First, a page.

December 15, 1986

WARFARE IN TOYLAND 3839
COVER

WARFARE IN TOYLAND

Adults do not always delight in the sound of play, especially when children are duelling with plastic models of Soviet assault rifles or Israeli submachine-guns. But children are usually untroubled by the adult debate over the availability of war toys—they get more upset when an opponent refuses to fall down in the path of an imaginary bullet in the heat of mock battle.
Weapons of last resort 2223
WORLD

Weapons of last resort

Extending south from Samarra in mid-Iraq, the highway forks right after about five kilometres and continues 30 kilometres to the Iraqi State Establishment for the Production of Pesticides, SEPP. Surrounded by a double perimeter fence, the 10-square-mile facility is heavily guarded by troops and SAM 2 missiles.
A president under siege 2021
WORLD

A president under siege

The change in tone was swift and dramatic. Only days before, President Ronald Reagan had responded with anger and defiance to the worst crisis of his sixyear presidency, blaming the media for the outcry over the diversion of profits from secret Iranian arms sales to the Nicaraguan contra rebels.
PWA heats up the war 3233
BUSINESS/ECONOMY

PWA heats up the war

In the summer of 1946 bush pilot Russell Baker launched a tiny airline in Fort St. James, B.C., a hamlet located on Stuart Lake, 650 km northeast of Vancouver. His first job was flying forest-fire patrols for the provincial government in war-surplus Cessna Cranes.
HOT NEW GIFTS FOR ADULTS 4647
COVER

HOT NEW GIFTS FOR ADULTS

It is a comfortable, old-fashioned image—piles of brightly wrapped packages under the boughs of the tree on Christmas morning. But the tradition ends there, considering the kinds of presents being bought for adults this year. Gadgetry— often expensive and frivolous—plays a large part in many retailers’ Christmas gift offerings.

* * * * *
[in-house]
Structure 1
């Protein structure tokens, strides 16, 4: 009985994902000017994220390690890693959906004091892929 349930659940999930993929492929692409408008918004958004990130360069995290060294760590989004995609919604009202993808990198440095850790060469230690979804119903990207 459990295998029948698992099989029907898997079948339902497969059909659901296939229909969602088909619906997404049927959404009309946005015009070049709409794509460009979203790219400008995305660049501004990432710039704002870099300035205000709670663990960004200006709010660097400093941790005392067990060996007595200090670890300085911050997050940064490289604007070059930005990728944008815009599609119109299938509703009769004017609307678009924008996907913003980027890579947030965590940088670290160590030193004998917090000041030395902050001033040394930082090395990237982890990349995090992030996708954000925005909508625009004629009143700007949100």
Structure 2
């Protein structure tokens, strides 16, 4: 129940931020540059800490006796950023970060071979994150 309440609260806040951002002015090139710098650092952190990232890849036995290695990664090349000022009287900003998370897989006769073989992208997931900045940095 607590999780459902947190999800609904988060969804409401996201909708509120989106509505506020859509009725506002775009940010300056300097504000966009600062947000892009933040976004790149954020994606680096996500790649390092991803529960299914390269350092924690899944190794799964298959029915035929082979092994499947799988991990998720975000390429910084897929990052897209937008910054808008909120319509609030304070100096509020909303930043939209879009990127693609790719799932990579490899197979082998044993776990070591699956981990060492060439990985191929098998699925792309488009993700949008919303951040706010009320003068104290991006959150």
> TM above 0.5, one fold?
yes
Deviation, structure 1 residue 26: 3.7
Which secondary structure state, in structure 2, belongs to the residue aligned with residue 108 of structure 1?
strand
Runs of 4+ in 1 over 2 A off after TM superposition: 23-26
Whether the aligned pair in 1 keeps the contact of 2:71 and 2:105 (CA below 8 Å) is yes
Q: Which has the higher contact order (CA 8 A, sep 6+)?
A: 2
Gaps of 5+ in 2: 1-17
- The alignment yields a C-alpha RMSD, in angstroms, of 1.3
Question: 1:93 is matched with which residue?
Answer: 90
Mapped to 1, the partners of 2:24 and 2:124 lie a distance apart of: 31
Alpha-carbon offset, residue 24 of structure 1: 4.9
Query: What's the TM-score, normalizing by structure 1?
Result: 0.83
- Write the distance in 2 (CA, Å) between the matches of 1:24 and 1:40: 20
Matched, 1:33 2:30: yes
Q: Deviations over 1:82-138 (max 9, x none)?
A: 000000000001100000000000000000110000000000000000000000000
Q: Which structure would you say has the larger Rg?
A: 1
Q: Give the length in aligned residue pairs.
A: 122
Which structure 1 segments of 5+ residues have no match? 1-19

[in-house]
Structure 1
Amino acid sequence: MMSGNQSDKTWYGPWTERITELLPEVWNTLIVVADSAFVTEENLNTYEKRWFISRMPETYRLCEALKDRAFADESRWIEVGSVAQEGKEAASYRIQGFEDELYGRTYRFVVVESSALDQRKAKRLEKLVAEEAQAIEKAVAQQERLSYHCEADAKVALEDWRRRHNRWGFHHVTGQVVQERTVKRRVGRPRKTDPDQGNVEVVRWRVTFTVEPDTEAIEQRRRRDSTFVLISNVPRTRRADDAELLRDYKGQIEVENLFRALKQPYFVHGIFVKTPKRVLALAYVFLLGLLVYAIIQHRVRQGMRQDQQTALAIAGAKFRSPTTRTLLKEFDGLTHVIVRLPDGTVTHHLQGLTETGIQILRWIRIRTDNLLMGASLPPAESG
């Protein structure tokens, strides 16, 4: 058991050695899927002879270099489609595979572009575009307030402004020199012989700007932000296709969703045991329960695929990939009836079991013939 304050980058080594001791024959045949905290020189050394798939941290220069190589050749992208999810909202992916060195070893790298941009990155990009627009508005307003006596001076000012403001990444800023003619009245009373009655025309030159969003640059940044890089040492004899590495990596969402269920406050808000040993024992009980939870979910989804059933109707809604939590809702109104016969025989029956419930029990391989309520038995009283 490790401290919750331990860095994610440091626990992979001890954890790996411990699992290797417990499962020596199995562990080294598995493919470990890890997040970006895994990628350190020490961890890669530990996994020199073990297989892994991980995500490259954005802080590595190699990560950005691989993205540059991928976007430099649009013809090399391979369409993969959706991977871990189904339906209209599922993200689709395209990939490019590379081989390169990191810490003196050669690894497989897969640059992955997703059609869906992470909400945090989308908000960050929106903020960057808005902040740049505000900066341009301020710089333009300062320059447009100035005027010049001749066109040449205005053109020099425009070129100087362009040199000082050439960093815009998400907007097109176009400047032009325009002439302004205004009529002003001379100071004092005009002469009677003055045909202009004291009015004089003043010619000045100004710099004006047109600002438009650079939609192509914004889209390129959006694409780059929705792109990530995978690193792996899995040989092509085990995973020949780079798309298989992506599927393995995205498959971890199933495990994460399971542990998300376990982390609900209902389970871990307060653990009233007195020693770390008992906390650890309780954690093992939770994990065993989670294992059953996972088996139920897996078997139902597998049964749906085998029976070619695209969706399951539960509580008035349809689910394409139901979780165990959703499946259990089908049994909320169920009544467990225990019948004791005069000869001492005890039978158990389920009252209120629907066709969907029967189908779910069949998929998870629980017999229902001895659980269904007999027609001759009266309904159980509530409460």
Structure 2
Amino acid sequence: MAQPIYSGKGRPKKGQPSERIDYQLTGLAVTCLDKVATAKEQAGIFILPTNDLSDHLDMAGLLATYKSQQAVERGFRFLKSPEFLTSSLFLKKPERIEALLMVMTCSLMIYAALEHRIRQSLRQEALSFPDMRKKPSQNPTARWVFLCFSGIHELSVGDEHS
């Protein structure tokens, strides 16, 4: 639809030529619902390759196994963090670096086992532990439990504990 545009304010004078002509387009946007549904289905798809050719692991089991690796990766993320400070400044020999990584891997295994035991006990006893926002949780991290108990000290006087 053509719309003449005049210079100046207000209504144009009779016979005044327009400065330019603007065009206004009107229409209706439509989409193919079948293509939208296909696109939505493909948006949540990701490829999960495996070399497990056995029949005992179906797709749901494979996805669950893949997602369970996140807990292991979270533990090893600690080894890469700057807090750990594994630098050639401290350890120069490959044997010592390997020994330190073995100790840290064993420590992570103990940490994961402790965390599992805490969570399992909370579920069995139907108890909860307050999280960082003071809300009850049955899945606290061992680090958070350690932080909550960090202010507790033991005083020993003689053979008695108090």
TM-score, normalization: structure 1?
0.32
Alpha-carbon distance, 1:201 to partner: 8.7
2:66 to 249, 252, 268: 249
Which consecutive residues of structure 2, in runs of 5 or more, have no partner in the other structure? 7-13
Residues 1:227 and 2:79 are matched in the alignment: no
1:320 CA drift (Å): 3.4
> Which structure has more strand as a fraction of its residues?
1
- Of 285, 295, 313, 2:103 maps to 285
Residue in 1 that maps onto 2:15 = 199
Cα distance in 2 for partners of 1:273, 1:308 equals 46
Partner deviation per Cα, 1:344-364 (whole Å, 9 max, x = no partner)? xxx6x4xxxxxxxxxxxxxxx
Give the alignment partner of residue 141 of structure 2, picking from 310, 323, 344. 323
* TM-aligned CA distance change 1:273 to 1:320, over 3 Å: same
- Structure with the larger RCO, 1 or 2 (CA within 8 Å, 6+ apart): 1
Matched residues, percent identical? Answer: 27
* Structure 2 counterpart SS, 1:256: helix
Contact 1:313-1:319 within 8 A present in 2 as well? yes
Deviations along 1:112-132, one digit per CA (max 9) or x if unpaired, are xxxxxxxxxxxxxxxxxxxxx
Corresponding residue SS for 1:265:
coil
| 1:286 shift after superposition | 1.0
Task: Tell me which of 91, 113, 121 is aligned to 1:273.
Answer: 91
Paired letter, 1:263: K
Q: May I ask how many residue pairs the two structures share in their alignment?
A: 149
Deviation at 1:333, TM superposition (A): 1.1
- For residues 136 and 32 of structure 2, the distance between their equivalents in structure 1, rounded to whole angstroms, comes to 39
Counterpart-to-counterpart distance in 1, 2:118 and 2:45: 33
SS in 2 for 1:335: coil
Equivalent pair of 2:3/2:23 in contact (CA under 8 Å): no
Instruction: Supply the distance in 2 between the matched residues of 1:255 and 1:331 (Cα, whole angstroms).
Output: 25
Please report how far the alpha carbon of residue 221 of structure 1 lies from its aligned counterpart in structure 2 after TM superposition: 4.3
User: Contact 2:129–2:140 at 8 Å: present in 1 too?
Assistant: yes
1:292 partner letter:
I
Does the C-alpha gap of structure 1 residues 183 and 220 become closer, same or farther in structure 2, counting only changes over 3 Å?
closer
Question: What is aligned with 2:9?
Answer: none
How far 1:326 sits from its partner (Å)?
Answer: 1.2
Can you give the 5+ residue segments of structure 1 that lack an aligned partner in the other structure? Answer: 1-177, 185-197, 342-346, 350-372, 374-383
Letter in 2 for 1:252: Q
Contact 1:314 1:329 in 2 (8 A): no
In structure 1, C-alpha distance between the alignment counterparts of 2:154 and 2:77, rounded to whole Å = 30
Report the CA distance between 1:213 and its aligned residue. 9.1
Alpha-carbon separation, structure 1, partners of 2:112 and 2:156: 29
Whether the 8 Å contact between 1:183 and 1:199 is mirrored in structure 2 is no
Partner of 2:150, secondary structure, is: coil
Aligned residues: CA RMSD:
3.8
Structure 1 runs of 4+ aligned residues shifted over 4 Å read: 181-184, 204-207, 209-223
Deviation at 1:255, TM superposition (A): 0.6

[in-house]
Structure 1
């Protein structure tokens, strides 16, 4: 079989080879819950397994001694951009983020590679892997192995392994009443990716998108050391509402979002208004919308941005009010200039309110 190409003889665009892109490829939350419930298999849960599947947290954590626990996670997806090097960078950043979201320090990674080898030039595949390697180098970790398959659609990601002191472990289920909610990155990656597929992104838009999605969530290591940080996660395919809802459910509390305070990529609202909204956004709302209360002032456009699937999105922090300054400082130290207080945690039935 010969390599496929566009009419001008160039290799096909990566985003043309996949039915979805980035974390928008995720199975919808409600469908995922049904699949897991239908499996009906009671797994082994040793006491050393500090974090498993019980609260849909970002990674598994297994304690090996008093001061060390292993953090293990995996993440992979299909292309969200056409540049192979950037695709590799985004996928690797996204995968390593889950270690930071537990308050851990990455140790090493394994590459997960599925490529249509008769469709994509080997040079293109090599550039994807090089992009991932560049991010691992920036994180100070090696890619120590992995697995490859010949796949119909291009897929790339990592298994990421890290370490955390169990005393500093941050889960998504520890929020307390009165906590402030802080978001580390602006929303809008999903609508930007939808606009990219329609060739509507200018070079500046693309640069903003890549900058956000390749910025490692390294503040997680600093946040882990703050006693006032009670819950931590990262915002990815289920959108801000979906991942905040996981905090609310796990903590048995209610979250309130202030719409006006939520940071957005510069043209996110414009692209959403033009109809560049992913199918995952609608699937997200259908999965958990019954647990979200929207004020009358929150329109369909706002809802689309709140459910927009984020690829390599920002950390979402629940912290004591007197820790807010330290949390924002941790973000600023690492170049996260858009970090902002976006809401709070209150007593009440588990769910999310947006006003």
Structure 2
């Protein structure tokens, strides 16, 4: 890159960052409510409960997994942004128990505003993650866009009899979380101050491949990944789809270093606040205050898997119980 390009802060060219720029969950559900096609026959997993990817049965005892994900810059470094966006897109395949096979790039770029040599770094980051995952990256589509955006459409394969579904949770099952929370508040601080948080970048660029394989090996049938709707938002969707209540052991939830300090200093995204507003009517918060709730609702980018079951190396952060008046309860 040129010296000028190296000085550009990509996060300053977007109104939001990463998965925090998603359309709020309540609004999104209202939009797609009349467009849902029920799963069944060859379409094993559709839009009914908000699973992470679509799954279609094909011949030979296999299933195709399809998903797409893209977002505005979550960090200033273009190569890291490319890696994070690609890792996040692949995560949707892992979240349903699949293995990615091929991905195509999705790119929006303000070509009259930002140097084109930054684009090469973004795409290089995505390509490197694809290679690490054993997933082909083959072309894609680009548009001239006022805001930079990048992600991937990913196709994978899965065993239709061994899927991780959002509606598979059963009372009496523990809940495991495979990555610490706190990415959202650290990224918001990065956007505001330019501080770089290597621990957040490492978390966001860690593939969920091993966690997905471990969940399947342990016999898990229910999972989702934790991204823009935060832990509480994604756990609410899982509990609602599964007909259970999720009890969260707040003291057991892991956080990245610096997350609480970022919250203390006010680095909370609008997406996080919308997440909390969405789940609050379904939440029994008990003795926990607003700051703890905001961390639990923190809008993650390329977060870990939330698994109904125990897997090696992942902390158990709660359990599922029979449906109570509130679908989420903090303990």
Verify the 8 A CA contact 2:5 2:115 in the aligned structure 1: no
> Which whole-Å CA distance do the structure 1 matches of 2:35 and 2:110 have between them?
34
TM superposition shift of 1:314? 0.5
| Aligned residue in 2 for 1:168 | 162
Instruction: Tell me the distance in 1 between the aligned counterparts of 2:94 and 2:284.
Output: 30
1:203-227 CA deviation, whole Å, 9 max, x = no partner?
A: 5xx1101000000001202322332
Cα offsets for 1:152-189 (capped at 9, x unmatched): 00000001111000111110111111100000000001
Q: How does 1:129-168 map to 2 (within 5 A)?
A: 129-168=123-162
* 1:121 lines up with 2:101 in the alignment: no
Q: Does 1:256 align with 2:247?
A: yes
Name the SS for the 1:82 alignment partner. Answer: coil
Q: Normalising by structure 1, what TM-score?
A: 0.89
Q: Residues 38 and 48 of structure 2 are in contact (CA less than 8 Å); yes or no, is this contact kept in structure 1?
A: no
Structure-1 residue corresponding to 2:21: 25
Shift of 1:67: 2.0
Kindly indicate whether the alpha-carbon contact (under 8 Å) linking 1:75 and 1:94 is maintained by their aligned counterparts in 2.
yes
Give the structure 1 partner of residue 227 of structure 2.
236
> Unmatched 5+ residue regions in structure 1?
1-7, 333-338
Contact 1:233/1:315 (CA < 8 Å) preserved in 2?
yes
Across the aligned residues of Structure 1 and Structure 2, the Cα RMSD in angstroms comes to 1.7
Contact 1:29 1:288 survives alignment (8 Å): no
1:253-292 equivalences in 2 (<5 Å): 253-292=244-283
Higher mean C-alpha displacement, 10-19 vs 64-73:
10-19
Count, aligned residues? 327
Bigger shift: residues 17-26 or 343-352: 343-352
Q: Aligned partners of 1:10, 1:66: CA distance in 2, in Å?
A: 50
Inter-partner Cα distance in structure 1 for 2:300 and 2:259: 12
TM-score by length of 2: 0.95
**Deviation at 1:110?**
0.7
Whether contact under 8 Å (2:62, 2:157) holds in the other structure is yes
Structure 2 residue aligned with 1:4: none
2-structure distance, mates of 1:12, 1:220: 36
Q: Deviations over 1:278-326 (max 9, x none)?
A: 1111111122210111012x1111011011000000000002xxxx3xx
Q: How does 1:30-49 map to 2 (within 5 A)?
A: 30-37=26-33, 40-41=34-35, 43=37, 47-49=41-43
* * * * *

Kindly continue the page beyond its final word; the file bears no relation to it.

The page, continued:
SPELLBINDING GIFTS TO LAST 4445
COVER

SPELLBINDING GIFTS TO LAST

There is always a risk involved in giving children books for Christmas: the young recipients may declare firmly that they would rather have toys. Still, a good book—a really good book—can compete successfully for a child’s attention against the flashier charms of a mock laser gun or the latest vigilante doll.
Turner faces the future 1011
CANADA

Turner faces the future

The lively music, red wine and five-course Italian meal probably helped. But they were not the only reasons the 275 Liberals from Toronto’s York West riding were in high spirits last week. They had gathered in the Galaxy Banquet Hall to celebrate the resounding victory of their leader, John Turner.
BIG STORES, BIGGER SAIES 4243
COVER

BIG STORES, BIGGER SAIES

It is a commercial variation of a child’s garden of delights: toys stretching into the distance. Customers push shopping carts up and down aisles jammed with dolls and puzzles, rattles and plastic submachine-guns. Dozens of employees dressed in orange pin-striped jackets busily restock the beige metal shelves or tend up to 20 cash registers.
Stalin’s war against the peasants 5657
THE ARTS

Stalin’s war against the peasants

Tilling the black loam of the steppe, they were among the most gifted farmers the world has known. But the prosperity of the Soviet Union’s 30 million Ukrainians was to dictator Josef Stalin a kind of heresy. In Harvest of Sorrow, British scholar Robert Conquest produces exhaustive documentation to show that the price the peasants of Little Russia paid for their affront was murderously high.
Getting it together at the Games 5051
SPORTS

Getting it together at the Games

It was the kickoff event to more than a year of pre-Olympic festivities. But when only 3,000 spectators— including 1,500 bused-in schoolchildren—turned out last month to watch two days of world-class ski jumping at Calgary’s new $60-million Canada Olympic Park, the city’s Olympics Organizing Committee (OCO ’88), quickly got the message.
December 81986 December 221986